Other things to spot around the outside of the Royal Exchange include...
• A statue to Paul Julius Reuter, founder of the definitive news agency
• A drinking fountain commemorating the 50th anniversary of The Metropolitan Drinking Fountain and Cattle Trough Association
• A metronome-shapedwater pump erected in 1799 above a 13th century well (restored in 2015)
• A (seated) statue of George Peabody, the early American philanthropist
• A statue to James Henry Greathead, Underground engineer, concealing a station ventilation shaft
• A metal pyramid marking the start of the Jubilee Walkway
• Lampposts each marked with the arms of one of the big 12 livery companies
• A statue of the Duke of Wellington, beneath which is a block of granite from the previous London Bridge
• Four paparazzi dogs, sculptured in bronze by Gillie & Marc
• City police officers making sure Extinction Rebellion don't try to take over the front steps
Threadneedle Street's not what it was, not when you pass beyond the Bank of England (which lies just outside the ward anyway). This narrow thoroughfare once housed the head offices of several major banks, but today only Lloyd's remains in situ, slotted in on the corner facing Bishopsgate. Nat West vacated their classical headquarters opposite in 1998, its opulent banking hall since repurposed as a wedding/events venue called Gibson Hall. Other formerly prestigious financial addresses down Threadneedle Street have since become Pizza Italiana, Burger & Lobster and a mothballed Marco Pierre White restaurant, and this is where abandoning cheques and over the counter transactions ultimately leads.
If the gates of Adam's Court are open you can step through and follow a peculiar doglegged passage up and down to Old Broad Street. Along the way you'll pass Sundial Court, the entertainment terrace of the City of London Club, whose leather-sofa-ed lair is only accessible to 1400 souls vouched for by at least six other members. Snooping at their rear terrace is the closest you'll ever come to joining. Nat West once hoped to buy this backlot to build a new office but were blocked for heritage reasons, so instead shifted their footing just up the road and that's where the tallest building in 80s Britain shot up.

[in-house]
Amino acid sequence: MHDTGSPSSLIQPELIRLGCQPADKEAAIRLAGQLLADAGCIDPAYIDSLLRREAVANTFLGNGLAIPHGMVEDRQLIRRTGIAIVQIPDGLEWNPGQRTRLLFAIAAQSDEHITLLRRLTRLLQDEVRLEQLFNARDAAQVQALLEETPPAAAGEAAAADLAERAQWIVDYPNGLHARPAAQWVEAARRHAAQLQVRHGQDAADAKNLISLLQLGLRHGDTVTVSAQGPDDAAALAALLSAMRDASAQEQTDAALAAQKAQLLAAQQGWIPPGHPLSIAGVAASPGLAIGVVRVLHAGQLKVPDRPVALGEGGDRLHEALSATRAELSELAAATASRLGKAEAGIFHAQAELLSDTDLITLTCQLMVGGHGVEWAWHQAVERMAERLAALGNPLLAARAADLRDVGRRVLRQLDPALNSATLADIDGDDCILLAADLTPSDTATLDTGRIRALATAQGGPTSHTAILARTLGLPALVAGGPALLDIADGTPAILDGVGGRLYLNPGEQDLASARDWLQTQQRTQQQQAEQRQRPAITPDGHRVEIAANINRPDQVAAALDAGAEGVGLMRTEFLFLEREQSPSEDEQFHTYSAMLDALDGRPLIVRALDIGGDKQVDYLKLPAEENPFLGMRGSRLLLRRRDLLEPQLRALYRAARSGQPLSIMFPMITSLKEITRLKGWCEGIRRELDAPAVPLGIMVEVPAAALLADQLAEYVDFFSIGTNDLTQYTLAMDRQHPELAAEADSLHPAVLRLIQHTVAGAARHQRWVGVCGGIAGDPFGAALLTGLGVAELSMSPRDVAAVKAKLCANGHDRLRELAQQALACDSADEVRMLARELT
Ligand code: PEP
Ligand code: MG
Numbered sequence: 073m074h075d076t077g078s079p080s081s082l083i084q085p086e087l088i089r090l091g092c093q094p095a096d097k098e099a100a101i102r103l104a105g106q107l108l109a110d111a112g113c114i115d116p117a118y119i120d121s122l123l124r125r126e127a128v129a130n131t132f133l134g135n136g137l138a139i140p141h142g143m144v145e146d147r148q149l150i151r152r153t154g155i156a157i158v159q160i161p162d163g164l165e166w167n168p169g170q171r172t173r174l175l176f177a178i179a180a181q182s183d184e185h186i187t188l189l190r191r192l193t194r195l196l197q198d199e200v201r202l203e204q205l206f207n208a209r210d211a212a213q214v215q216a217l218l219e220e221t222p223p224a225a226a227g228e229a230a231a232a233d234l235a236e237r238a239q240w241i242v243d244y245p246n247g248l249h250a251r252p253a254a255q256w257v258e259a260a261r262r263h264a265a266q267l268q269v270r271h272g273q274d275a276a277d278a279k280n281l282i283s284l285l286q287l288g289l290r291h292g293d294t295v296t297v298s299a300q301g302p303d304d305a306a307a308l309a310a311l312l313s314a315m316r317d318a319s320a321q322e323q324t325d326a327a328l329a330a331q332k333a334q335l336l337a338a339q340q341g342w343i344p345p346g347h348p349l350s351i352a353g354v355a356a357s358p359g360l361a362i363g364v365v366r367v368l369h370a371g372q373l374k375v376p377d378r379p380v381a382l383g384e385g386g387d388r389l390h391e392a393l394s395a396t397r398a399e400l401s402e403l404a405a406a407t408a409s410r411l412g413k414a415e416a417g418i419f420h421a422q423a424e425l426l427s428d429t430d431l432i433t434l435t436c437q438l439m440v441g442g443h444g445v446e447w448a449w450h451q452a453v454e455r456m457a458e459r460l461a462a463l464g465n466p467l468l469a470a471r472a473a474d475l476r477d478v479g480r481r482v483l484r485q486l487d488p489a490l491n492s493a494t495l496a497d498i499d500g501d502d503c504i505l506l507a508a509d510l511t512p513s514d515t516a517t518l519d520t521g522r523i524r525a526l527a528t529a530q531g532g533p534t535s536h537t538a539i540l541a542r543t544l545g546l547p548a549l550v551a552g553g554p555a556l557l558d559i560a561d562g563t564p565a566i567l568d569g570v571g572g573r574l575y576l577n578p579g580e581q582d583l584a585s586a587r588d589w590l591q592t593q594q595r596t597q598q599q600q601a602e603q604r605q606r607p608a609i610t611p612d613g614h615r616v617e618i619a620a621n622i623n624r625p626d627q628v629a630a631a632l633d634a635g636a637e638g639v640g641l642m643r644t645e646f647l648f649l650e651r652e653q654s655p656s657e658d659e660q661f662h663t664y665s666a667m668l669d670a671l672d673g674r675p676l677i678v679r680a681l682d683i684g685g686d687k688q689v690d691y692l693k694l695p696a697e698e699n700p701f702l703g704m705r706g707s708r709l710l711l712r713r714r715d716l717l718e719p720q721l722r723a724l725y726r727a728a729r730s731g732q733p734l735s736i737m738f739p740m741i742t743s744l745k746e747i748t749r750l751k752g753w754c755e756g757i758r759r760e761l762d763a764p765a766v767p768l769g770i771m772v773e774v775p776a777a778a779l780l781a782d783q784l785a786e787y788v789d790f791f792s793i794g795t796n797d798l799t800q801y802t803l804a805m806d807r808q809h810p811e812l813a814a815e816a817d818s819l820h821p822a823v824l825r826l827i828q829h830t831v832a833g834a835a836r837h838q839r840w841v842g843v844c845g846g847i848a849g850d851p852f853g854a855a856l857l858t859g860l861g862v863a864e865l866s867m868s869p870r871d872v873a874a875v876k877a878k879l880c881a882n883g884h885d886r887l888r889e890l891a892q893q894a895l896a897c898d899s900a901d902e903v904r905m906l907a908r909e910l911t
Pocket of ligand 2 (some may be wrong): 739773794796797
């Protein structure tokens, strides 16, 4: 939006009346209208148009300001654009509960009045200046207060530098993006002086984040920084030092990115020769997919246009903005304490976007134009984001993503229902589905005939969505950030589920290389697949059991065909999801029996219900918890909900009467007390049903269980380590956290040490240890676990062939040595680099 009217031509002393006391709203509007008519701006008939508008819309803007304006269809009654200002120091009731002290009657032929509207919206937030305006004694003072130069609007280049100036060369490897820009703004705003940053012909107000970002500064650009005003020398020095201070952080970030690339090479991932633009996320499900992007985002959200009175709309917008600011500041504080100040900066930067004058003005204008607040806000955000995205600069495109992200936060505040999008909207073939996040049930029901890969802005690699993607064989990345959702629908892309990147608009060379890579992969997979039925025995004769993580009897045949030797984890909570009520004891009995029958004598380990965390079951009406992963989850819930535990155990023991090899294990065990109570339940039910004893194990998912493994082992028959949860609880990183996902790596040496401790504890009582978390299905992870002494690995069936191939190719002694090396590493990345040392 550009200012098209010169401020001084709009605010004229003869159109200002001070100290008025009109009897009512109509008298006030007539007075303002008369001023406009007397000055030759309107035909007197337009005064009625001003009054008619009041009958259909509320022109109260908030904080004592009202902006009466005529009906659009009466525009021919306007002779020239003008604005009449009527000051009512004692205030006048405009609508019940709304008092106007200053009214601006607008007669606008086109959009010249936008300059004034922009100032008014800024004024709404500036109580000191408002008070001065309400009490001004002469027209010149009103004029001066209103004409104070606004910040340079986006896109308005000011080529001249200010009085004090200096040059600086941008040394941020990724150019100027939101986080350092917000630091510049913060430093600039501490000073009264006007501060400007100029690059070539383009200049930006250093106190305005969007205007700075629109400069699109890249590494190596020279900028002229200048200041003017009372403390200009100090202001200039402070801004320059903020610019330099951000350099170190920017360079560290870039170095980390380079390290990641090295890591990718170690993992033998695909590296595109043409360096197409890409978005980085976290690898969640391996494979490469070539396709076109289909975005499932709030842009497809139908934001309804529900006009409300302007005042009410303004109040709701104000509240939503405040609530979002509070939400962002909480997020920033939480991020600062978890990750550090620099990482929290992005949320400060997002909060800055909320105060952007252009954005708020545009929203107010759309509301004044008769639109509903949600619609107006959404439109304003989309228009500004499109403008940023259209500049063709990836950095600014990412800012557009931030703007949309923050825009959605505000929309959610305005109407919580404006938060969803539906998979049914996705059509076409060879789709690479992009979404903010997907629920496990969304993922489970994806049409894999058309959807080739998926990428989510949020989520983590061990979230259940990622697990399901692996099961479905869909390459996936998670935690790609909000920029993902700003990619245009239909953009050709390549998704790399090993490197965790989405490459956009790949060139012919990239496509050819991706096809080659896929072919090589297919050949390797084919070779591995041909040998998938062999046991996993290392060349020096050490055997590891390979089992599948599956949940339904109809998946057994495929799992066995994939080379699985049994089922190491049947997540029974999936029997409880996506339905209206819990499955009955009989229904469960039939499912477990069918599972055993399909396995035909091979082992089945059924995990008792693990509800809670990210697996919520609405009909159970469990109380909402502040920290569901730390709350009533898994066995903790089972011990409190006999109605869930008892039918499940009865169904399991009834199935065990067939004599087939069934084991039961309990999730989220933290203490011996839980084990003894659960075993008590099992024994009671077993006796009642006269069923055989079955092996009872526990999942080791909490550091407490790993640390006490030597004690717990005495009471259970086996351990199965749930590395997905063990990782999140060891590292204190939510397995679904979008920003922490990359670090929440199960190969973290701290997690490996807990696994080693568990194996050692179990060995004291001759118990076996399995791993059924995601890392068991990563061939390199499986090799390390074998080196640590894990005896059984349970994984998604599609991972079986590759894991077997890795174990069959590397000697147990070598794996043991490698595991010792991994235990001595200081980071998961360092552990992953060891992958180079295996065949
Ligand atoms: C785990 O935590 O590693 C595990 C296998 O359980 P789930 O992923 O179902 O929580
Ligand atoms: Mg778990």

The Nat West Tower is 42 cantilevered storeys high and famously designed to resemble the bank's logo from above. That's not at all obvious from below, merely a peculiar ribbed part-silhouette, and even peering out of the top floor cocktail bar you wouldn't guess. After being vacated by the bank it's since been renamed Tower 42 and has been increasingly shielded on the skyline by later pretenders to the altitude crown. Around the foot of the tower a glassy horseshoe of restaurants, wine bars and health clubs forms a split-level piazza that's nowhere particularly inspiring to linger. And it turns out this was once the site of Gresham College, established in 1597 inside the mansion of Sir Thomas Gresham, the businessman who helped set up the Royal Exchange... which I think wraps up Cornhill nicely.